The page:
Synovial fluid analysis for the enhanced clinical diagnosis of crystal arthropathies in a tertiary care institution

Abstract

Introduction/objectives

Few studies have addressed the detection and clinical impact of different crystals in patients with diverse rheumatologic diagnoses in Latin America. The aim of this study was to assess the consistency between the clinical referring diagnosis and the identification of crystals, such as monosodium urate (MSU) and calcium pyrophosphate (CPP), in the synovial fluid (SF) of patients from a Mexican tertiary care institution.

Methods

We reviewed the results of 264 SF analyses to identify any changes in diagnosis upon SF analysis. We reported patient medical file data on sex, age, diagnosis, and microscopic SF analysis results. We performed consistency analyses between referring diagnoses and SF findings with McNemar’s test.

Results

The prevalence of MSU crystals in SF was noted in 89.1% of gout cases and 9.09% of cases of calcium pyrophosphate disease (CPPD). CPP crystals were present in 54.5% of CPPD cases, 42.9% of osteoarthritis (OA) cases, and 7.27% of gout cases. Calcium hydroxyapatite (HA) crystals were identified in 5.45% of gout cases, 33.3% of rheumatoid arthritis (RA) cases, 57.1% of OA cases, and 63.6% of CPPD cases. Cholesterol and lipid crystals were present in small proportions in RA cases. Glucocorticoid crystals were observed in 1.85% of gout cases, 44.4% of RA cases, and 42.9% of OA cases. We observed an association of MSU identification with clinical suspicion of gout (P = 0.08), CPP with OA (P = 0.26) and CPPD (P = 0.50). An association was noted between HA and the diagnosis of CPPD (P = 0.84) and OA (P > 0.99). The number of initial diagnoses that changed upon SF analysis was 14.3%.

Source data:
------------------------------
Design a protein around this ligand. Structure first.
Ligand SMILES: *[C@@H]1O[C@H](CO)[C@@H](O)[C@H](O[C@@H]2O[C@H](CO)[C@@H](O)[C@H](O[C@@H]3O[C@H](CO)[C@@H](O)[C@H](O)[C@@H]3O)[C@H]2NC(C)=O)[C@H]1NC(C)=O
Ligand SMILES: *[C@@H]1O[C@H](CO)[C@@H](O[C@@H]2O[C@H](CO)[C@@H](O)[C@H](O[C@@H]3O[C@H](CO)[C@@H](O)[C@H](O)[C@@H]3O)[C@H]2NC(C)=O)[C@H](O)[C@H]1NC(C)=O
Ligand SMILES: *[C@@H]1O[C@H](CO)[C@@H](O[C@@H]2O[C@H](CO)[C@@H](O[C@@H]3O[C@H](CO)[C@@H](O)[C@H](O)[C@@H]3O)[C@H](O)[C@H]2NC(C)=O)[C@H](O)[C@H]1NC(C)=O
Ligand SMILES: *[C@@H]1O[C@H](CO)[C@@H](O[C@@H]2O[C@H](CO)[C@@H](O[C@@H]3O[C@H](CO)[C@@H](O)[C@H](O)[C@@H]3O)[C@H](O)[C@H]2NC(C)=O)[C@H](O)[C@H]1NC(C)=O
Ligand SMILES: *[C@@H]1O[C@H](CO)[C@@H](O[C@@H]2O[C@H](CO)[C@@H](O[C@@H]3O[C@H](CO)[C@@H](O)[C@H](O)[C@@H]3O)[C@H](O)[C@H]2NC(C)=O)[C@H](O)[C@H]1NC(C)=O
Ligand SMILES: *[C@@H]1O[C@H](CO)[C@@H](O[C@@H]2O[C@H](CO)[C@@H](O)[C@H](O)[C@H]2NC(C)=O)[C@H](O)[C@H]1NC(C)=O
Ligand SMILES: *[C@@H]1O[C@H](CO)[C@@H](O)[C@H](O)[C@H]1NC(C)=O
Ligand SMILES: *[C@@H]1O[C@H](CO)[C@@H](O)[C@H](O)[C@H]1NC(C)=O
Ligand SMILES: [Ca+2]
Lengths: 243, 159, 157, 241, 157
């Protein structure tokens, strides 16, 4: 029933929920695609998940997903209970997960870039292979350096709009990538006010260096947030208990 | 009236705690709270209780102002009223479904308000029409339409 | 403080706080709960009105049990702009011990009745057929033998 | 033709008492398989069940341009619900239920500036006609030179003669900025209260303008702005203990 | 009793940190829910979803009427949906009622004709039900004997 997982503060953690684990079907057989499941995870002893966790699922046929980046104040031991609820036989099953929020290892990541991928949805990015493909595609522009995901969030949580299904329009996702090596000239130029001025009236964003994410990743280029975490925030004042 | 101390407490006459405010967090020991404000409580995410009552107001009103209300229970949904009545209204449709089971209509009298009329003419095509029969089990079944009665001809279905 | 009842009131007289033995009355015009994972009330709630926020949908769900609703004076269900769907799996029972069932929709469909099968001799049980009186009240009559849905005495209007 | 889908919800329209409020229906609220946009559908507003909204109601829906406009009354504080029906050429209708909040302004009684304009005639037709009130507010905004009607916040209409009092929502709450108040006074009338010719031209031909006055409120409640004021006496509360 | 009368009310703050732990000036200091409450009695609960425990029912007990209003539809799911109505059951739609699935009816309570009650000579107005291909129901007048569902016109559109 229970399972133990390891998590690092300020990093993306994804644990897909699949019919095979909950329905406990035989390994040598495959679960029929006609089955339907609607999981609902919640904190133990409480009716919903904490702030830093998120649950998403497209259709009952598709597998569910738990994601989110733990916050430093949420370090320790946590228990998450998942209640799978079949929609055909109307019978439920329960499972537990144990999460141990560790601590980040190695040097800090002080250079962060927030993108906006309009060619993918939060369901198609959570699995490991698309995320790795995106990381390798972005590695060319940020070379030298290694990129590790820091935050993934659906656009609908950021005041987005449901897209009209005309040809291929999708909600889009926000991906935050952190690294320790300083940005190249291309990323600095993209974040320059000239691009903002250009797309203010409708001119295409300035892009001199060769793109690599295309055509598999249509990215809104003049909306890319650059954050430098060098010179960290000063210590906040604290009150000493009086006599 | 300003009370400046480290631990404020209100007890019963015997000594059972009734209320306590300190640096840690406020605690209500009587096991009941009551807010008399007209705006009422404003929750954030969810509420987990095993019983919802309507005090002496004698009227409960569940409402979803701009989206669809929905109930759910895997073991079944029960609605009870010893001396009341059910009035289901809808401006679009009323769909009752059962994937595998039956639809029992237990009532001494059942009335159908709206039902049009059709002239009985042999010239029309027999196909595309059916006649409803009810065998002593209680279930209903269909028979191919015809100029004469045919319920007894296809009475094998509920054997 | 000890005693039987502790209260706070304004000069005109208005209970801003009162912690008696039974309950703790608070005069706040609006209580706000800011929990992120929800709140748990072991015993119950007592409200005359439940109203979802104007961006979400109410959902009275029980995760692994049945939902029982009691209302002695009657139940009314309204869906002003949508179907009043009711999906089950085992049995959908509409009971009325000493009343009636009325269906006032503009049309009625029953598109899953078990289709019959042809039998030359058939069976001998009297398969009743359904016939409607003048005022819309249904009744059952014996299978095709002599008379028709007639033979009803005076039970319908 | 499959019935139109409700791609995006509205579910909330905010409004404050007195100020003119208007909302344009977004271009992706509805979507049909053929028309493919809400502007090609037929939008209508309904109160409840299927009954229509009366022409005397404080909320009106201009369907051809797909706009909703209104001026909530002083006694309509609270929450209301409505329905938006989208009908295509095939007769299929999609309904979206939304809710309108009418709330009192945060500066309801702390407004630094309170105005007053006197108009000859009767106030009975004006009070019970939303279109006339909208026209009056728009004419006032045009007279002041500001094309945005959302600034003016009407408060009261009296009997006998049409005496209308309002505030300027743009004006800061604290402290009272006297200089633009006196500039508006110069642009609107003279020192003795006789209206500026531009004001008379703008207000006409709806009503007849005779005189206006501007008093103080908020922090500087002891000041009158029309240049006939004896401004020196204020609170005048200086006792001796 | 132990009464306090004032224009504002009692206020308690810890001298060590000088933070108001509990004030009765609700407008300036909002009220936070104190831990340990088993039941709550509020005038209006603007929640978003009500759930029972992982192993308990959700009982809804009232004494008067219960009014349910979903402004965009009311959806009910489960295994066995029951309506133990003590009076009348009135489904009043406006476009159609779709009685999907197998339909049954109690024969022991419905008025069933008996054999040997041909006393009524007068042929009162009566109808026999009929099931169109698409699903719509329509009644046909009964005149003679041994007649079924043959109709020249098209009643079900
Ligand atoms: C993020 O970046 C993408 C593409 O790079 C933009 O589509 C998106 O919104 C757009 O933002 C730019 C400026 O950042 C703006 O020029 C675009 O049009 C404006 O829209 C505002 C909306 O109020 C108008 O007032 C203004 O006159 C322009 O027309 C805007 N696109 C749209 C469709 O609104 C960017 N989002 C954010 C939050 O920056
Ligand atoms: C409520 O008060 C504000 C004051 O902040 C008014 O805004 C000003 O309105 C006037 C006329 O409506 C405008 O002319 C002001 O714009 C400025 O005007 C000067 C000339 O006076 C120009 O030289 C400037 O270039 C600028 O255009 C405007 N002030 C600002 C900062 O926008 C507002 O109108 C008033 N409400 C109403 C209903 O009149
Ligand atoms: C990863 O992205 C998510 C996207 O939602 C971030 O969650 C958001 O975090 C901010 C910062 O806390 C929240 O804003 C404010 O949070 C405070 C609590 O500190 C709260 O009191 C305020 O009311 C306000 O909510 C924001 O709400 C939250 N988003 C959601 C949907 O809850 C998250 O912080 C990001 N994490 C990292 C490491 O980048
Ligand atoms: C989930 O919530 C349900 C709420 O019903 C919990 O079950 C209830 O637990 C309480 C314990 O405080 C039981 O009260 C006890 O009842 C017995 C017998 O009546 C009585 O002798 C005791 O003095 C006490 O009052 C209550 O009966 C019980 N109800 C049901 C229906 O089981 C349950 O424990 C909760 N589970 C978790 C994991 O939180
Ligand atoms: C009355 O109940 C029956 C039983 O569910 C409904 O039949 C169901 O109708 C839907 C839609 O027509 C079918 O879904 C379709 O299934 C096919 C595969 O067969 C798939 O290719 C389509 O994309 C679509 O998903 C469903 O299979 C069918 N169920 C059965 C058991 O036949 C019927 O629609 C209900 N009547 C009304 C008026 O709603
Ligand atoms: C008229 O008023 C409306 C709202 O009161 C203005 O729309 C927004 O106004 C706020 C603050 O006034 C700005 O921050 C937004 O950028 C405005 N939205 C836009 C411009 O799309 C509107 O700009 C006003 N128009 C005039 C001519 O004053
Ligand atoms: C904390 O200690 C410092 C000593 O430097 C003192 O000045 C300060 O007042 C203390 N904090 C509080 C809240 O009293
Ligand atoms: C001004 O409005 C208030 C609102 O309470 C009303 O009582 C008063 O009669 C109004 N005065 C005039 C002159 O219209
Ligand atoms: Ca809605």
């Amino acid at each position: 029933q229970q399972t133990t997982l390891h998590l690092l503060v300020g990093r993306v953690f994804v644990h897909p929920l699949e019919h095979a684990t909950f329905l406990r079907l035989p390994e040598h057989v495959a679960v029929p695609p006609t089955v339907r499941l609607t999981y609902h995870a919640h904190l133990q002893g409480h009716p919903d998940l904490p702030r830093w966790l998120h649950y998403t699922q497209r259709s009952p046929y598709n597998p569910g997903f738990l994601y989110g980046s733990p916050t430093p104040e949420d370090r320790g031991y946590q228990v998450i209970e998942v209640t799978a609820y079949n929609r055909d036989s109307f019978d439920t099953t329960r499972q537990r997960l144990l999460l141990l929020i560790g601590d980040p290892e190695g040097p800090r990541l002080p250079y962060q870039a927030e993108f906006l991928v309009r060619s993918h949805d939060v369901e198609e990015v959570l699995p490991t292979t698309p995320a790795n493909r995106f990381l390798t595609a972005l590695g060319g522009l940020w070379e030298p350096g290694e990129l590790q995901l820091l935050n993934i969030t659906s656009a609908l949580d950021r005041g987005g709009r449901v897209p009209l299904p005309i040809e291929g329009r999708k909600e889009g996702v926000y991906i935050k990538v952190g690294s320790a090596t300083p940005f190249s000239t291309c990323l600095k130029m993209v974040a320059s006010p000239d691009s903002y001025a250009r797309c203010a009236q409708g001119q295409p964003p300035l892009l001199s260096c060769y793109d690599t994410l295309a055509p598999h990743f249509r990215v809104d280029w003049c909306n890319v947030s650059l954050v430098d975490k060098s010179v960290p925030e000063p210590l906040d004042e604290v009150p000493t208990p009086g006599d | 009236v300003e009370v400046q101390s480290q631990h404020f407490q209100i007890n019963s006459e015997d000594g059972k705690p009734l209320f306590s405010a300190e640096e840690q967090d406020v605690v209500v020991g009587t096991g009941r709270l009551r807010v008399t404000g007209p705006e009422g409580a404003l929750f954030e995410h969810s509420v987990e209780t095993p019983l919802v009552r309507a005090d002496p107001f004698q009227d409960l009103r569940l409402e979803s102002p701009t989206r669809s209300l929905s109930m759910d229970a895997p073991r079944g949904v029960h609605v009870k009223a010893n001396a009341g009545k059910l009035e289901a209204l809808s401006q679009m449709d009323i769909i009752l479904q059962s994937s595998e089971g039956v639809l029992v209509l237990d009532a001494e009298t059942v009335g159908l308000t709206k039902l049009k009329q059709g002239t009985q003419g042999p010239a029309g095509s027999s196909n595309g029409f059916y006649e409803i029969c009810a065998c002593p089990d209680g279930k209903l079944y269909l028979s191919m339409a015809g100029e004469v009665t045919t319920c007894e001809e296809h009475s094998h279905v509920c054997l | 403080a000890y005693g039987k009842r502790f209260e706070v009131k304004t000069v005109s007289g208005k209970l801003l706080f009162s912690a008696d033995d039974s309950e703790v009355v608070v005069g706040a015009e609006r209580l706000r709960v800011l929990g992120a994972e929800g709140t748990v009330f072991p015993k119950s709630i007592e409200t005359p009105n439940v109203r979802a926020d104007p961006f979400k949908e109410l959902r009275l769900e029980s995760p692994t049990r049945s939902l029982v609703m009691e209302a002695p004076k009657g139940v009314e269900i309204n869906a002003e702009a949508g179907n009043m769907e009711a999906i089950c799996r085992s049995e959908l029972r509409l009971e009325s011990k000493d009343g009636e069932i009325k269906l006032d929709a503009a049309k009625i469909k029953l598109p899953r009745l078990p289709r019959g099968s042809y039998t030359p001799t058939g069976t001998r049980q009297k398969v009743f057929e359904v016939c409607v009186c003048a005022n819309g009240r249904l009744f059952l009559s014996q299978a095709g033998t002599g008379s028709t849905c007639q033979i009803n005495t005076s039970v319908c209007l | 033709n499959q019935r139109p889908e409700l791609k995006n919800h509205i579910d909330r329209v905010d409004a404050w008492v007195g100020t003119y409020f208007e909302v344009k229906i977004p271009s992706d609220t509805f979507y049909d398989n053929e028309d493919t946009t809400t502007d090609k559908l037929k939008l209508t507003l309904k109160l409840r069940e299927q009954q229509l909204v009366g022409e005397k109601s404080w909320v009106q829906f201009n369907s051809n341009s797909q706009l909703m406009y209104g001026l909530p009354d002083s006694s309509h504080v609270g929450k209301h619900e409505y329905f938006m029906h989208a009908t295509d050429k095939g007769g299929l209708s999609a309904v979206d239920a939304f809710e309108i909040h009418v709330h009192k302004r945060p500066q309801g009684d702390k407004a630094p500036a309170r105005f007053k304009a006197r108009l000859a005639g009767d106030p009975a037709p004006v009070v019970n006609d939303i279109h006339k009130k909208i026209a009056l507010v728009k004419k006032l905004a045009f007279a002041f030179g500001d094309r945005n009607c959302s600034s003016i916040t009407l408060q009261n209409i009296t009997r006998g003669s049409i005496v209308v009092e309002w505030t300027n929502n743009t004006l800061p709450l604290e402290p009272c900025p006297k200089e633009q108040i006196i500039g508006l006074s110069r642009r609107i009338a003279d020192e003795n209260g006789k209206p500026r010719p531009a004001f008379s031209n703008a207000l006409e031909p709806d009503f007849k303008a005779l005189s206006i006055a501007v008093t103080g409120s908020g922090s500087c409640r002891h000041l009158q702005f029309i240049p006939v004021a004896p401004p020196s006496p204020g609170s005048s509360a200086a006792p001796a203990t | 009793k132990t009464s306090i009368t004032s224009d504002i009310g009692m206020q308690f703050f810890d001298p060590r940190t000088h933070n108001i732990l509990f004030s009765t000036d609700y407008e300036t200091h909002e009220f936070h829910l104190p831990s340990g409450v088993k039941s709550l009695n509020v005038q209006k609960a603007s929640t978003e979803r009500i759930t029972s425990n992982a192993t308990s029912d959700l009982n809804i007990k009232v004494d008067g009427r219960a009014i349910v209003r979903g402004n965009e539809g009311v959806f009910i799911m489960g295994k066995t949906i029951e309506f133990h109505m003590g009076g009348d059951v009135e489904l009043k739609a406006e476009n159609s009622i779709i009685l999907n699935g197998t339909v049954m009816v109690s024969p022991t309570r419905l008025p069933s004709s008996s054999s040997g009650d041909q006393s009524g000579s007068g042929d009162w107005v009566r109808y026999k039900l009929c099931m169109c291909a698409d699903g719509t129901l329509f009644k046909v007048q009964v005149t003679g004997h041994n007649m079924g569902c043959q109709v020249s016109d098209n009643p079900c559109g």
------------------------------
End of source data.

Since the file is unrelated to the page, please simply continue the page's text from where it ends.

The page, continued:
Conclusions

SF analysis has major diagnostic value regarding MSU crystals and gout. Our findings underscore the importance of SF crystal analysis in identifying the prevalence of crystals in the Mexican population. SF analysis provides for better diagnosis of crystal arthropathies and improves the quality of the medical care that the patient receives.

Key Points
Synovial fluid analysis in laboratories from developing countries has been scarce.
In some cases, the initial diagnosis is modified after of synovial fluid analysis.
This study confirmed that synovial fluid analysis exhibits major diagnostic value for urate crystals and gout.

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Funding

This work was supported by federal resources from the INR-LGII.

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Correspondence to Javier Fernández-Torres.

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We declare that this study was approved by the appropriate ethics committee and was therefore conducted in accordance with the ethical standards set forth in the 1964 Declaration of Helsinki and its subsequent amendments. The study was retrospectively registered (INR21/19). Details that might reveal the identity of the subjects under study have been omitted.

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Zamudio-Cuevas, Y., Martínez-Nava, G.A., Martínez-Flores, K. et al. Synovial fluid analysis for the enhanced clinical diagnosis of crystal arthropathies in a tertiary care institution. Clin Rheumatol (2021). https://doi.org/10.1007/s10067-021-05610-0

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Keywords

  • Crystal arthropathies
  • Diagnosis
  • Gout
  • Synovial fluid